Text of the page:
Energy consumption hit record highs this spring in the Carolinas. The power grid will continue to feel the heat, experts say. | Local News

A late spring heat wave that scorched North Carolina provided insight into how hotter summers and customer demand are expected to test the state’s power grid.

On June 13, the second day of nearly a week when temperatures hit 90s daily across much of the state, Duke Energy customers in central and western North Carolina Upstate and upstate South Carolina taxed the power grid like never before in hot weather.

Between 5 p.m. and 6 p.m. that Monday, as temperatures soared and residents turned on home air conditioners after their commute to work, Duke Energy Carolinas customers used a record 21,086 megawatt hours of power. ‘electricity.

This record, which surpassed the previous record nearly six years earlier, lasted two days.

On June 15, the same customers reached 21,265 megawatt hours of electricity consumption between 4 p.m. and 5 p.m.

The company also set a separate record on June 13 when Duke Energy Carolinas and Duke Energy Progress – which serves the Asheville, Raleigh and large parts of eastern North Carolina and the Pee Dee region in South Carolina – combined to use 34,079 megawatt hours of electricity. .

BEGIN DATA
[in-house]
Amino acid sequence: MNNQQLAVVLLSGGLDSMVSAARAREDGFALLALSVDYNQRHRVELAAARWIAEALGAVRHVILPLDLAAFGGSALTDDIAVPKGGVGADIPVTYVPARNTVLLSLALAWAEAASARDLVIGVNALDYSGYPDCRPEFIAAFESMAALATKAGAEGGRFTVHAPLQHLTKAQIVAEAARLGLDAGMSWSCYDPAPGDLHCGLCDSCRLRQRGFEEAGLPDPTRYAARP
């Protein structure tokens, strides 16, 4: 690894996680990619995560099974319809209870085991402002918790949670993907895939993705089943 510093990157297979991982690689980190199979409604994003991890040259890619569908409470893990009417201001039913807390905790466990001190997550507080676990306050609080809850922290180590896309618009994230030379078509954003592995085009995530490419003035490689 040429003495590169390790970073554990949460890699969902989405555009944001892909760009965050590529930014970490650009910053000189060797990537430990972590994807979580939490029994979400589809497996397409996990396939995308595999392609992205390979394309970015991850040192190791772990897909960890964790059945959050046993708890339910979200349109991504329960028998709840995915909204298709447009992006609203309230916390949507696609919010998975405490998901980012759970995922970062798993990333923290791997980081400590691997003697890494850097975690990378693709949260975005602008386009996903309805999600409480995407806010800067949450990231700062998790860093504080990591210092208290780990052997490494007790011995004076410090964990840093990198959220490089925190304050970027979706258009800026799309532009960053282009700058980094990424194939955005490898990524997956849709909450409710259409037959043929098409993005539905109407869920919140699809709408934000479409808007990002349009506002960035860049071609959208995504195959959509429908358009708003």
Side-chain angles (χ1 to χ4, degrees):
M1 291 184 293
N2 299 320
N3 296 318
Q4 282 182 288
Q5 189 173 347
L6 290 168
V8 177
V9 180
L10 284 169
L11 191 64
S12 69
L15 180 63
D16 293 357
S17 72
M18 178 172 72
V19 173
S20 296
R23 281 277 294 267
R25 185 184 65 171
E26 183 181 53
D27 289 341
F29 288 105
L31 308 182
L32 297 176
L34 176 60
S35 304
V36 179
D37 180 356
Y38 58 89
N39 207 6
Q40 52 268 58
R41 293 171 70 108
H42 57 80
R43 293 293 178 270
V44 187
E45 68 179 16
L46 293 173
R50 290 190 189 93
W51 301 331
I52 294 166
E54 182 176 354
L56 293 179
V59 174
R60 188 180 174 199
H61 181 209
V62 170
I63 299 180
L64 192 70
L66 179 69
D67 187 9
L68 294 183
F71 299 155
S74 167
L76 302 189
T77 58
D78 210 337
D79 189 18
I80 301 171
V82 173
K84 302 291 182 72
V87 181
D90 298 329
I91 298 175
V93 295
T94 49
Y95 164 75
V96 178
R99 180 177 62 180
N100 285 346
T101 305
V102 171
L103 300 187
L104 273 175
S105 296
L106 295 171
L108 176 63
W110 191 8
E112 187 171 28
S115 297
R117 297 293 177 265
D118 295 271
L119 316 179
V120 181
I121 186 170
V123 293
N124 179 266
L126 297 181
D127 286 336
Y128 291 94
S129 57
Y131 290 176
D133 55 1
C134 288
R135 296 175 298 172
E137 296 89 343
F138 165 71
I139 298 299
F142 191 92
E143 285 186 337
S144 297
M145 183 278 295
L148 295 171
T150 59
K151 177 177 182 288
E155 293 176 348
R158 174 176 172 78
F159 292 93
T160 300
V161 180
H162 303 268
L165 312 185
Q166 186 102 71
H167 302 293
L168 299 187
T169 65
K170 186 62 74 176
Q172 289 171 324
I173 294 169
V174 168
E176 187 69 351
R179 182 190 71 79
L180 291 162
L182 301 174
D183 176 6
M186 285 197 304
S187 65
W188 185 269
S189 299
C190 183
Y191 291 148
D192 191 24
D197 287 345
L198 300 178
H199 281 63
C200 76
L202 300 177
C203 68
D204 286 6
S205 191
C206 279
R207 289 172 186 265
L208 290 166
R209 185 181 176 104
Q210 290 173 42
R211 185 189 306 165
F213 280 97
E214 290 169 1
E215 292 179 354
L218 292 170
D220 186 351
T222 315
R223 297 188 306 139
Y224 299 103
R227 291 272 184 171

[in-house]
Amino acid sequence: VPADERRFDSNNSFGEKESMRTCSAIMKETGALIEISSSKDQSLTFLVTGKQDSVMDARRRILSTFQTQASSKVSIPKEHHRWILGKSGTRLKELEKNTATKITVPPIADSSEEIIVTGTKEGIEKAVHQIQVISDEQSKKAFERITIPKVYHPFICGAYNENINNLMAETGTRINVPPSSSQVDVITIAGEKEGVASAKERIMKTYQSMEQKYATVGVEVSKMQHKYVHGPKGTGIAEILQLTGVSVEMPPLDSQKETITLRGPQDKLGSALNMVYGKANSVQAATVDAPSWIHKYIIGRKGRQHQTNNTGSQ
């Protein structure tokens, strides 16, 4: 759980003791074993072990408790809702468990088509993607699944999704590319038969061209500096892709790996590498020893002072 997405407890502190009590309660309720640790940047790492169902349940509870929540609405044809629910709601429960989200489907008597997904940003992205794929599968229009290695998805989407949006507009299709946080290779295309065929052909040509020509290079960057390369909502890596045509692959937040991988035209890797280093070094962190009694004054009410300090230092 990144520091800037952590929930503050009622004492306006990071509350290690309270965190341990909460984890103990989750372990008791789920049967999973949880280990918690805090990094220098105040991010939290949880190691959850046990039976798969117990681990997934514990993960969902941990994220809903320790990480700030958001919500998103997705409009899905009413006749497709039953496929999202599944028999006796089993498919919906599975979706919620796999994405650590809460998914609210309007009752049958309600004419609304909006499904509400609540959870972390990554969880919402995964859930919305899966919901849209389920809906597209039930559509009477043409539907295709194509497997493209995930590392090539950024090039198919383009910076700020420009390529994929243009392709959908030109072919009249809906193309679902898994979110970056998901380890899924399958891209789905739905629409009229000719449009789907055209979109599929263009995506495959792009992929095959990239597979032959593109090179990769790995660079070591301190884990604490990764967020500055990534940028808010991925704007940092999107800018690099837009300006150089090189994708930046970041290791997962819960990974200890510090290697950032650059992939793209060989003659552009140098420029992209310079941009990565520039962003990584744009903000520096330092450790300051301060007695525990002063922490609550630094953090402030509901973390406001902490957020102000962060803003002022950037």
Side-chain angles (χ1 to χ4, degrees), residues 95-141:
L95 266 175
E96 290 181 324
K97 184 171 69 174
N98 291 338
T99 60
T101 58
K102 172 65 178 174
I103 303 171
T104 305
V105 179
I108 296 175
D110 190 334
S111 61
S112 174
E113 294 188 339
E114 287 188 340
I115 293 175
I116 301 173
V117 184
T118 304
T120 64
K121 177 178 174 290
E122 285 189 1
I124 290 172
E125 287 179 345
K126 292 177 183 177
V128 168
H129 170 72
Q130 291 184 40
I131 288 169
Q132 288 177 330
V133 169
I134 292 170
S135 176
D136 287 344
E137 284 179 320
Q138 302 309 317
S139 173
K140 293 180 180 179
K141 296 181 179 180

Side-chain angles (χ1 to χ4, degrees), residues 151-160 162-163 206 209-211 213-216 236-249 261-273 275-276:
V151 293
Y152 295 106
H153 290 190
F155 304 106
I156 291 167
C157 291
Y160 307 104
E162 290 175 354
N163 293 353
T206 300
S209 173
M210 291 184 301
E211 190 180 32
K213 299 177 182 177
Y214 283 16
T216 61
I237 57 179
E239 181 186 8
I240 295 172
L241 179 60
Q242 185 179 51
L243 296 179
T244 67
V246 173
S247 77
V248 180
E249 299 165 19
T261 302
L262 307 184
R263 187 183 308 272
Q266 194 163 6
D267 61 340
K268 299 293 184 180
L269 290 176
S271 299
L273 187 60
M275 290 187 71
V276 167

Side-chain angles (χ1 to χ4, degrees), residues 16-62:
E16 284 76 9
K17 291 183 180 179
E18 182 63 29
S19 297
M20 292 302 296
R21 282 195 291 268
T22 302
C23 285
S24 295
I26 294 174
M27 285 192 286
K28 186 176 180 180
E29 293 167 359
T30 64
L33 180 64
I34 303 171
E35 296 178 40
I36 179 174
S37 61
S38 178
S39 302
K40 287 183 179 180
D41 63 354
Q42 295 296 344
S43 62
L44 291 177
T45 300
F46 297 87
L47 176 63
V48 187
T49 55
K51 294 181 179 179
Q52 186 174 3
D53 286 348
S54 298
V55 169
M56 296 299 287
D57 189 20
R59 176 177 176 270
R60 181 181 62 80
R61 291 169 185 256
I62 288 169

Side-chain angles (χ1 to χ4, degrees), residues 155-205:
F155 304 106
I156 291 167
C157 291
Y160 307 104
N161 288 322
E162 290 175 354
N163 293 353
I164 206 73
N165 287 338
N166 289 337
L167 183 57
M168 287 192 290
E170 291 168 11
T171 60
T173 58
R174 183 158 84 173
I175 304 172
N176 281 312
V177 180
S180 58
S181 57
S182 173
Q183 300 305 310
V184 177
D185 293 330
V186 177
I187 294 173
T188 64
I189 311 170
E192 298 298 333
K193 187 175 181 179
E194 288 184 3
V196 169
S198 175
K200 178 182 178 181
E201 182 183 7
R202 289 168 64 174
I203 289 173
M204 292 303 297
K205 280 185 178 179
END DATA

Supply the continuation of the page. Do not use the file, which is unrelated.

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These standards will probably not last long.

Extreme weather related to climate change and continued customer growth fueled by North Carolina’s growing population are expected to test the resilience of the power grid and drive energy demand to unprecedented levels.

For Duke Energy, North Carolina’s largest utility, based in Charlotte, those challenges are already a reality.

“We have seen the frequency and intensity of storms increase in many regions, so we are working to strengthen our system to make it more resilient to weather-related outages and to enable reliable operations in extreme conditions such as high heat or freezing,” Duke said. Energy spokesman Jeff Brooks. “We are working to make our network more climate-resilient, and this work is especially important on days when conditions are extreme and power demand is highest.”

hot and hotter

Over the past half-century, average summer temperatures in the Triad have risen nearly 3 degrees, according to Climate Central, a nonprofit that tracks national and local weather trends. For the same period, the average number of summer days with above-normal temperatures jumped by 26.

These types of trends are expected to continue.